Objective Functions for Optimizing Resonant Mass Sensor Performance
Michele H. Miller and Chengzhang Li
Introduction
Model System
Resonant mass sensors have proven to have high potential for
sensing very small quantities of gas vapors. Micro-fabrication
technologies provide a way to realize sensitive and inexpensive
devices. In particular, MEMS (micro-electrical mechanical
systems) offer great promise as chemical sensors. An
electrostatically actuated microcantilever with an appropriate
coating can serve as a resonant mass sensor for detecting
chemical vapors. The ideal resonant mass sensor experiences a
large change in resonant frequency in the presence of a small
gas vapor concentration.
We considered the system shown below. It is an electrostatically
actuated resonator that is a flat plate supported by four leg springs.
Half of the plate area is used for electrostatic actuation and half is
used for capacitive sensing. The plate is coated with a polymer
coating that will accumulate mass when in the presence of a gas of
interest. The hole in the center is for the purpose of reducing
squeeze film damping.
A number of design variables can be adjusted in an attempt to
improve the performance of an electrostatically actuated resonant
mass sensor. These include cantilever size, shape and material,
gap between cantilever and substrate, actuation voltage, areas
and locations of actuation and sensing pads, selection of
resonance mode to monitor. During the design optimization
process, an appropriate objective function must be selected. The
function should capture what good performance is. Because the
number of possibilities is so vast, shape optimization can involve
extensive computation time. Genetic algorithms are one
approach for realizing shapes that improve performance. Given
the computation requirements of this type of optimization
approach, the objective function needs to be very fast to
calculate. In this paper, we evaluate performance measures for
resonant mass sensors in terms of their ability to identify the
best sensor and their computational efficiency.
Conclusion
This poster describes the evaluation of three objective functions
that could be used in the optimization of a resonant mass sensor
design. A simple problem was to determine the optimum hole
size in a resonator design involving a square plate and square
hole. Two of the objective functions (the RMSD% and two point
RMSD%) identified an optimum hole size that matched a
reference measure. Both would be computationally efficient if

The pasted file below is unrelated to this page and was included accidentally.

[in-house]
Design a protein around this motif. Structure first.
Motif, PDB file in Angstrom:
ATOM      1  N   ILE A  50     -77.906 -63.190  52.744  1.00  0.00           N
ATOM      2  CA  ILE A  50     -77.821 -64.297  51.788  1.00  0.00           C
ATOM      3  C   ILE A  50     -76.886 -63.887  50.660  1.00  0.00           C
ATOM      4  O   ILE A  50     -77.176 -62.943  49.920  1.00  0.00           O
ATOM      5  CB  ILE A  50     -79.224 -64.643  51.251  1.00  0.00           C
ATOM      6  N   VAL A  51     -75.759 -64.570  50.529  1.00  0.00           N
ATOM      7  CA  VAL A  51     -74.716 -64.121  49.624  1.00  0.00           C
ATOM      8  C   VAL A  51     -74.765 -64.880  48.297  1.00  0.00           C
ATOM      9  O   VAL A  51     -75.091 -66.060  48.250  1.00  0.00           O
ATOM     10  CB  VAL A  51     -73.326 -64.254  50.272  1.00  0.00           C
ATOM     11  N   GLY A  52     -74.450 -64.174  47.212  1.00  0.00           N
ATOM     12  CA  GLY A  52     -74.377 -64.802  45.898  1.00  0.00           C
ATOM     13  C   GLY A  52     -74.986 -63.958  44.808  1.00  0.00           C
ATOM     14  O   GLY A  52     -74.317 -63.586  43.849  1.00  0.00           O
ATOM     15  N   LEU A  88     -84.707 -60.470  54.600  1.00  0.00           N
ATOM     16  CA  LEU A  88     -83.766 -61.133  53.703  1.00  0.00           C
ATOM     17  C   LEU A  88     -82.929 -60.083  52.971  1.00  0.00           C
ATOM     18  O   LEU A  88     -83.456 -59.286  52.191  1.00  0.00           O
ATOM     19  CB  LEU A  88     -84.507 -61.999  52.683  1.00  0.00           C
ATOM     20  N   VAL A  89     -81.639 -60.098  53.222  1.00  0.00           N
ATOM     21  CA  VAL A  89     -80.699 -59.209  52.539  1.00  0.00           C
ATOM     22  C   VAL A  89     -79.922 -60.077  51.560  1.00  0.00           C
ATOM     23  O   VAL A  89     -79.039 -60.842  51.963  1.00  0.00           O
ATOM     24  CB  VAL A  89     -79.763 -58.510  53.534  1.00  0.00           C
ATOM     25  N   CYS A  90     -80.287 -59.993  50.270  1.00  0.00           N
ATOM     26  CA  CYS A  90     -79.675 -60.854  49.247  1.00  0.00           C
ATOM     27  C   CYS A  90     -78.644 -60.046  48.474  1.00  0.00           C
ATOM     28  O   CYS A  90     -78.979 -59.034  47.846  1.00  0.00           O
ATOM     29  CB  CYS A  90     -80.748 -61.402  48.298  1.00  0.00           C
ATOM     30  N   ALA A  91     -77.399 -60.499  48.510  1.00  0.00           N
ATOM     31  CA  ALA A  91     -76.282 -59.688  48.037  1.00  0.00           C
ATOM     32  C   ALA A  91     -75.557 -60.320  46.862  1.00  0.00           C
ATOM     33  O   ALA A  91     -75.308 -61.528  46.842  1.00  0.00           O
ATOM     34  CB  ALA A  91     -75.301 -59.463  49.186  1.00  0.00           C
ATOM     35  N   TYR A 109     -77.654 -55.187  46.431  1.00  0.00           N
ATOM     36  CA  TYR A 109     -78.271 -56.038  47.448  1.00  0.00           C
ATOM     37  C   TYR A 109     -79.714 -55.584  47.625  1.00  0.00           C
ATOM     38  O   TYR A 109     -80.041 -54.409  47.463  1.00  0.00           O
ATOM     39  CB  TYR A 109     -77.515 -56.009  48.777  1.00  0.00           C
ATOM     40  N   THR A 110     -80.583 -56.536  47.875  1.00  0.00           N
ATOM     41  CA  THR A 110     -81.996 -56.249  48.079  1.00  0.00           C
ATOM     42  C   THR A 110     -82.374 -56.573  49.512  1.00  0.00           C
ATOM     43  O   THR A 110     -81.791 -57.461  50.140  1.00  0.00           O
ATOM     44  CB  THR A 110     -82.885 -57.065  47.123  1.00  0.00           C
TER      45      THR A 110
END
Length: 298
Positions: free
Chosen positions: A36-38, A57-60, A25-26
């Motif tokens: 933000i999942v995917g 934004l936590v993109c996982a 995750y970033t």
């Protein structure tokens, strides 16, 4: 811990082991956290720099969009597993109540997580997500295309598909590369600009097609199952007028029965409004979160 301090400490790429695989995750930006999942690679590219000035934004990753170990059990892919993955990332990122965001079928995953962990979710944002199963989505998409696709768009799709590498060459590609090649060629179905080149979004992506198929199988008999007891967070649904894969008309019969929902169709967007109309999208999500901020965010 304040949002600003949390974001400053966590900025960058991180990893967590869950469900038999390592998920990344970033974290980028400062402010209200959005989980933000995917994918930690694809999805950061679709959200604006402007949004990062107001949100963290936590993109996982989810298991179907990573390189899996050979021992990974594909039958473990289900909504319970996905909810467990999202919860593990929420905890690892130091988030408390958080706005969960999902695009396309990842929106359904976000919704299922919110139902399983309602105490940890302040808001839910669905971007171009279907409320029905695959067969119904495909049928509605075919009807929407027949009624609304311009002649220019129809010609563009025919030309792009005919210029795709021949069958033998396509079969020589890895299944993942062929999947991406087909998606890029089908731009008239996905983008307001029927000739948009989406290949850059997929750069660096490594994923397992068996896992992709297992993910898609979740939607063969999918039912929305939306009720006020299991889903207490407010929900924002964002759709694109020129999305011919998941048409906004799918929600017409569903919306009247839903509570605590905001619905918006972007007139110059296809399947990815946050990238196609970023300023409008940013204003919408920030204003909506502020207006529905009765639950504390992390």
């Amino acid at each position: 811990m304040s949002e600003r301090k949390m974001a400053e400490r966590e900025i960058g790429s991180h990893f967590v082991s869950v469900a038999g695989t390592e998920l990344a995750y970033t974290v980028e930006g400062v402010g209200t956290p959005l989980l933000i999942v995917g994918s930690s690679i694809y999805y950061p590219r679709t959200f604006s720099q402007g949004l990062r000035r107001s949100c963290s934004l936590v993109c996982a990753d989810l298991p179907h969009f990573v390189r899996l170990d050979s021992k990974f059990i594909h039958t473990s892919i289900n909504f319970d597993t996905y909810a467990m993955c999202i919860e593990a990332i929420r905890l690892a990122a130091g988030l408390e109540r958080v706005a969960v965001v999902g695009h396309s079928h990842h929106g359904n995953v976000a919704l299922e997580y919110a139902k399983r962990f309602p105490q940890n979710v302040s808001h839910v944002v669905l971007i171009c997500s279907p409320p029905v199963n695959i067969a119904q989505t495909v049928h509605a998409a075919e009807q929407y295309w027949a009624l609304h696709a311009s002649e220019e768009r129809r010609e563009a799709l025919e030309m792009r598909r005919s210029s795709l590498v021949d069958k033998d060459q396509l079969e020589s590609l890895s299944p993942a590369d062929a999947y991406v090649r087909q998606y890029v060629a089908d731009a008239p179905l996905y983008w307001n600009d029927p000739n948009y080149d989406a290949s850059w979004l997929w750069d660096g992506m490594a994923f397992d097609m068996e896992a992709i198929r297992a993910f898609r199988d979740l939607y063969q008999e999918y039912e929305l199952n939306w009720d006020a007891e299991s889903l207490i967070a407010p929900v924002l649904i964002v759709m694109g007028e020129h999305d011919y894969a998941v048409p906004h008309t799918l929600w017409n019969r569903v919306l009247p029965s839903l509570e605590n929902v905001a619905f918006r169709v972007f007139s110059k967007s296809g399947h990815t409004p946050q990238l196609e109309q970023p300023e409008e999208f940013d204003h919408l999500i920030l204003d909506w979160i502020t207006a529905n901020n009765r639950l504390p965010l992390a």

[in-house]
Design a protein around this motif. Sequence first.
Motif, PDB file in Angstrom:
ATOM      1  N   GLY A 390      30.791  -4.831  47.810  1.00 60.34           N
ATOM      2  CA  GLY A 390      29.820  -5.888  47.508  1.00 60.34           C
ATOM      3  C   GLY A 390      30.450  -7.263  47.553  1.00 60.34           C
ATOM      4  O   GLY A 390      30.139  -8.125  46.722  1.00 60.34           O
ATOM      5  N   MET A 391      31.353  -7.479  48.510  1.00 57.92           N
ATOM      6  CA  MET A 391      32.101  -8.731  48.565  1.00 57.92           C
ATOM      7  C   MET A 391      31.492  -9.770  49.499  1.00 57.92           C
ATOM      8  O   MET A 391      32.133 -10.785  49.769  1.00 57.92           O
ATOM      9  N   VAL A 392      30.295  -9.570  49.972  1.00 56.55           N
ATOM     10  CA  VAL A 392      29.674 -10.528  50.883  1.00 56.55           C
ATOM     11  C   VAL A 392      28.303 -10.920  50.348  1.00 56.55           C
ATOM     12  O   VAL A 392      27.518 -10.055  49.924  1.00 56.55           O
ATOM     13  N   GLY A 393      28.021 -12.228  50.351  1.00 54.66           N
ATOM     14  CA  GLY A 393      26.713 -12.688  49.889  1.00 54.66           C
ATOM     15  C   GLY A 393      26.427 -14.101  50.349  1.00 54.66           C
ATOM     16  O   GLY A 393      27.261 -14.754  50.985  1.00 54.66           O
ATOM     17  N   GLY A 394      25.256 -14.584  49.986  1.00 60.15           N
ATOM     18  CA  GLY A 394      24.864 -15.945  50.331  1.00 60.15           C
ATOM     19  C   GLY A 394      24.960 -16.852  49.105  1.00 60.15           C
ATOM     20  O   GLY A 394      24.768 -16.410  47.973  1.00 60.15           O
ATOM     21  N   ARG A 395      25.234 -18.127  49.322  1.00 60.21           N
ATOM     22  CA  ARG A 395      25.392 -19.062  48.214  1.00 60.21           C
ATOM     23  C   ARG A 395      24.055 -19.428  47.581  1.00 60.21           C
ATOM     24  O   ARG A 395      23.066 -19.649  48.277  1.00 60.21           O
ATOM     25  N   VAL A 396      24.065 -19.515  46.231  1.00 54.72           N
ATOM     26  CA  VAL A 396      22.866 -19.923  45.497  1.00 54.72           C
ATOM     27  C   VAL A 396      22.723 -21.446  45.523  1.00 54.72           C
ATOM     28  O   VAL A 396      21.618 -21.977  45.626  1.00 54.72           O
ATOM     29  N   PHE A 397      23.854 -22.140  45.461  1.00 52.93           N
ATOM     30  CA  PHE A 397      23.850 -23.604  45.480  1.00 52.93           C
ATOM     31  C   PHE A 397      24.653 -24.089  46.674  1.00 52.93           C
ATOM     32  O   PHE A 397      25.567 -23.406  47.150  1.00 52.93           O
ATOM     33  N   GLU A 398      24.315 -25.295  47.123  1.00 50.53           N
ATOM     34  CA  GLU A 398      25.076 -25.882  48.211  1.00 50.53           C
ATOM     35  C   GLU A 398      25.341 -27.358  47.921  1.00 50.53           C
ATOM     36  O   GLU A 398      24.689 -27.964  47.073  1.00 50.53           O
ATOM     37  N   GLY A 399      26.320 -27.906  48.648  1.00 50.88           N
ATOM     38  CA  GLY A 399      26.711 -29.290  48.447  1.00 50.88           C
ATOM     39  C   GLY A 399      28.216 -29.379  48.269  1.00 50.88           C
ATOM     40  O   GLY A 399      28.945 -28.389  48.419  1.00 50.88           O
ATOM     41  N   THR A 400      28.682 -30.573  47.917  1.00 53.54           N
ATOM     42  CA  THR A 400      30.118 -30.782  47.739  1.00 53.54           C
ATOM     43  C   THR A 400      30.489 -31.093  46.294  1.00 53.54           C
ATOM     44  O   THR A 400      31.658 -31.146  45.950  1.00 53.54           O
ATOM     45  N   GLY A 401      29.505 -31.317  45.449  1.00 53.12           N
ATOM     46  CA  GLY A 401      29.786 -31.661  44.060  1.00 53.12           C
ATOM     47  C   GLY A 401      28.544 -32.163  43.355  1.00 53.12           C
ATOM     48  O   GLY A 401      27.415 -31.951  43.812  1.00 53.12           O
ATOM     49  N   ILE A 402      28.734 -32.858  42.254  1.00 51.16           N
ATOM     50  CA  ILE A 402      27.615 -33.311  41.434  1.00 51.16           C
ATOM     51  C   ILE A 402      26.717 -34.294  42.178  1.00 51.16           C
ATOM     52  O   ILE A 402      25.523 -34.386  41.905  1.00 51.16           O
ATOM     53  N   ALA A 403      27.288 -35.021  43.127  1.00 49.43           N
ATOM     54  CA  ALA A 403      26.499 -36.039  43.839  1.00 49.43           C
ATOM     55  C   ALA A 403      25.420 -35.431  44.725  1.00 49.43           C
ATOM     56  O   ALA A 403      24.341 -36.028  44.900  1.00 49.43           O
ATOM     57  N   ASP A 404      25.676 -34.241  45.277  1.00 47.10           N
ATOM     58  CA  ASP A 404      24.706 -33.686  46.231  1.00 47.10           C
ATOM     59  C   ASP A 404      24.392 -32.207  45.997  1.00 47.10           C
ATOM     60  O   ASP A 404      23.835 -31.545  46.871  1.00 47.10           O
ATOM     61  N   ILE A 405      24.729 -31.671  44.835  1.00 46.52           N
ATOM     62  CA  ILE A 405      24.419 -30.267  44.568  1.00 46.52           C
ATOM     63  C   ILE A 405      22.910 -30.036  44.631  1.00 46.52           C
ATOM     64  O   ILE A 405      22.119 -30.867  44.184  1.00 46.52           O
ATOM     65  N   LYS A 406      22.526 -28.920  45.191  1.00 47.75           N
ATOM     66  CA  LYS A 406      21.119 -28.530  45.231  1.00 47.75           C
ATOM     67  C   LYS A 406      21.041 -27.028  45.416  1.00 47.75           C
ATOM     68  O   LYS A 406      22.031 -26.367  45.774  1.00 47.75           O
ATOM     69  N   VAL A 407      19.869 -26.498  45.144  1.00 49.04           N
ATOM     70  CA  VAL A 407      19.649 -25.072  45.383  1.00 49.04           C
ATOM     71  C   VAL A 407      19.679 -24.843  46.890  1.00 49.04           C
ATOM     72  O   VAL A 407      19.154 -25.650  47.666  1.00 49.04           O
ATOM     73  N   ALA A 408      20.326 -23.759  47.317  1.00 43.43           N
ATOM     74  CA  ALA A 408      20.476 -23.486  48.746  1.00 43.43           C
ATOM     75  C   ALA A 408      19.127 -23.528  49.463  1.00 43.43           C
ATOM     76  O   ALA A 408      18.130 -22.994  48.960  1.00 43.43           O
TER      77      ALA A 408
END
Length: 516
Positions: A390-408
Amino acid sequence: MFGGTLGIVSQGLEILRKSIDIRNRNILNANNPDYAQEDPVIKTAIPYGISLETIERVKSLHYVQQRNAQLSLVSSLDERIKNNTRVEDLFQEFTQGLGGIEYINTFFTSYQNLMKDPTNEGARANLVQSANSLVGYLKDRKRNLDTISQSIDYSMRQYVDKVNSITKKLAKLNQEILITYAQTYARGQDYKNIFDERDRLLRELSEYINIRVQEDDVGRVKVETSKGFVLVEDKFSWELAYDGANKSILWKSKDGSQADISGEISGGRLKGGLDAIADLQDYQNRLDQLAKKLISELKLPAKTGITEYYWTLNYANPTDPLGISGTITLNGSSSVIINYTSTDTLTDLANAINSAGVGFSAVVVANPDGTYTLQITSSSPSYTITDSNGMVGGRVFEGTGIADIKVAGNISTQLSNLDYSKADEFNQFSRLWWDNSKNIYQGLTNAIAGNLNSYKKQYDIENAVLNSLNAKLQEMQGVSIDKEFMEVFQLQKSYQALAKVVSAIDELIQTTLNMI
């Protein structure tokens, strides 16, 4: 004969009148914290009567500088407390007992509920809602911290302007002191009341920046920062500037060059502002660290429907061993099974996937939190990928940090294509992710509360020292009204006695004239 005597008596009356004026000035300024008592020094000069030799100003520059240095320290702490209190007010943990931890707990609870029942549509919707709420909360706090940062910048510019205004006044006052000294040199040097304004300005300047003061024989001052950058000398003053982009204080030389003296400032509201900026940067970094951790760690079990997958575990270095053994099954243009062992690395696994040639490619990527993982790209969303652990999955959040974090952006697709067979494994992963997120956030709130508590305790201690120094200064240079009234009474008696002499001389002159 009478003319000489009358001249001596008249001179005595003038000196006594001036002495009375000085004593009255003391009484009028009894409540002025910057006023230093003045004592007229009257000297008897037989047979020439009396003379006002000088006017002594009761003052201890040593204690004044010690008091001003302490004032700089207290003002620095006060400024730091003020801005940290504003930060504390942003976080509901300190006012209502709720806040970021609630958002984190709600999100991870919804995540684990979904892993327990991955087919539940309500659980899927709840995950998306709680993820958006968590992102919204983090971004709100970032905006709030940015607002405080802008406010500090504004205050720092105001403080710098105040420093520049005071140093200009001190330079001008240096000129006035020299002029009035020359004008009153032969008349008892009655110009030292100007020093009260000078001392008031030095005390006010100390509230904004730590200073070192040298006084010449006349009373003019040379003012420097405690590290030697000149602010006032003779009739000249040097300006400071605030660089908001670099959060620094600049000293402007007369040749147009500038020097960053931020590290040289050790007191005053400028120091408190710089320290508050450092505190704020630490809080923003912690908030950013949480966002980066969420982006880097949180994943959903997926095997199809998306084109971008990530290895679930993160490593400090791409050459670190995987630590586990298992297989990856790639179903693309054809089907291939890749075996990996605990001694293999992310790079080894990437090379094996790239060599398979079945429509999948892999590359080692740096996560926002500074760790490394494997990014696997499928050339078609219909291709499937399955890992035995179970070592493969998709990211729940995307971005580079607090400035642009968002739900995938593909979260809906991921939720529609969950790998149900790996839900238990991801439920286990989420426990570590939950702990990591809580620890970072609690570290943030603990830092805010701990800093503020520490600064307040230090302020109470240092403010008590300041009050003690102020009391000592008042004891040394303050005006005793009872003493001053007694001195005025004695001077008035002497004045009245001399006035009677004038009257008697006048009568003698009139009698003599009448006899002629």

used in a design optimization algorithm.
Illustration of the Tradeoff Between Q and f/f/m
Three Objective Functions for Comparison
Q
wn
O1 =w n
N
O2 =RMSD% =
( M
i=1
N
1
i
- M
0 2
i
)
100%
0 2
i
( M )
i=1
O3 =
This system was modeled as a lumped parameter system in which
the squeeze film affects the system stiffness and damping. The plate
is modeled as eight rectangular sub-elements. The corner elements
have venting on adjacent sides while the side elements have venting
on opposite sides. The models of Darling, Hivick, Xu (1998) were
used to analytically determine stiffness and damping constants for
the squeeze film for the two types of elements.
dC
e 2 AsAaVo
1
=
3
2
dV ( go - xo ) ( go - 3xo ) ms + bs+ k
Plate size
Plate thickness
Gap, go
Silicon density,
Air pressure, Pa
DC offset voltage, Vo
Stiffness of supporting legs, kleg
Material damping, bmat'l
1.862x10-5 N-s/m2
200 m x 200 m
3 m
4 m
2330 kg/m3
101325 Pa
10 V
50 N/m
1x10-5 N-s/m
Illustration of Detectability in the Presence of Uncertainty
Let x1 and x2 be measures of the
resonant frequency before and after
mass is added. Assuming multiple
measures of x1 and x2 are normally
distributed, then a hypothesis test as
follows would indicate with 95%
confidence that x1 and x2 are different:
x1 - x2
2
2
s1 s 2
+
n1 n2
n x1 - x2
=
>1.96
2 s
(M
1
n0
- M
0 2
n0
0 2
( M n0
0 2
n1
) +( M - M )
) +( M )
1
n1
0
n1
2
100%
M0 and M1 are the magnitude ratio curves for the original system and
the one with additional mass, respectively. n0 and n1 are the resonant
frequencies of the original system and the one with additional mass,
respectively.
Effect of Plate Hole Size on the Three Objective Functions